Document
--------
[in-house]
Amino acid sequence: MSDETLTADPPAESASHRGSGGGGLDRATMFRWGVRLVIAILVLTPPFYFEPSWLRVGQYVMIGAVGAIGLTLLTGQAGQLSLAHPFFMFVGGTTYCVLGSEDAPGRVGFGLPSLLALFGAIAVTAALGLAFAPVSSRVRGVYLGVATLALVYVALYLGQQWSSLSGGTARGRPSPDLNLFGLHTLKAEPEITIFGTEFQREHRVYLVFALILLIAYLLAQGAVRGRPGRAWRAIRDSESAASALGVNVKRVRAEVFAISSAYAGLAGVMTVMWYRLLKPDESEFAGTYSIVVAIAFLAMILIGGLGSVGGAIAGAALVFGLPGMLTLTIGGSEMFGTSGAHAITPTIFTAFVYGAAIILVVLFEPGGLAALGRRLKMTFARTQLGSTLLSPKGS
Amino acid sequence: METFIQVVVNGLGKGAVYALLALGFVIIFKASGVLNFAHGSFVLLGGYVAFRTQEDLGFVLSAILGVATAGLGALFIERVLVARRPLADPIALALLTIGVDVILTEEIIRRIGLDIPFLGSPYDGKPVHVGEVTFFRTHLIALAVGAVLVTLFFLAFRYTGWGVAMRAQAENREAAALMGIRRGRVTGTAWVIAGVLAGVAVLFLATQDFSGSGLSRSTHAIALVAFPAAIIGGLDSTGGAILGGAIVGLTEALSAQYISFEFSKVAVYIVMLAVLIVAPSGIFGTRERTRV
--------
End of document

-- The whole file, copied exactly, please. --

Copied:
[in-house]
Amino acid sequence: MSDETLTADPPAESASHRGSGGGGLDRATMFRWGVRLVIAILVLTPPFYFEPSWLRVGQYVMIGAVGAIGLTLLTGQAGQLSLAHPFFMFVGGTTYCVLGSEDAPGRVGFGLPSLLALFGAIAVTAALGLAFAPVSSRVRGVYLGVATLALVYVALYLGQQWSSLSGGTARGRPSPDLNLFGLHTLKAEPEITIFGTEFQREHRVYLVFALILLIAYLLAQGAVRGRPGRAWRAIRDSESAASALGVNVKRVRAEVFAISSAYAGLAGVMTVMWYRLLKPDESEFAGTYSIVVAIAFLAMILIGGLGSVGGAIAGAALVFGLPGMLTLTIGGSEMFGTSGAHAITPTIFTAFVYGAAIILVVLFEPGGLAALGRRLKMTFARTQLGSTLLSPKGS
Amino acid sequence: METFIQVVVNGLGKGAVYALLALGFVIIFKASGVLNFAHGSFVLLGGYVAFRTQEDLGFVLSAILGVATAGLGALFIERVLVARRPLADPIALALLTIGVDVILTEEIIRRIGLDIPFLGSPYDGKPVHVGEVTFFRTHLIALAVGAVLVTLFFLAFRYTGWGVAMRAQAENREAAALMGIRRGRVTGTAWVIAGVLAGVAVLFLATQDFSGSGLSRSTHAIALVAFPAAIIGGLDSTGGAILGGAIVGLTEALSAQYISFEFSKVAVYIVMLAVLIVAPSGIFGTRERTRV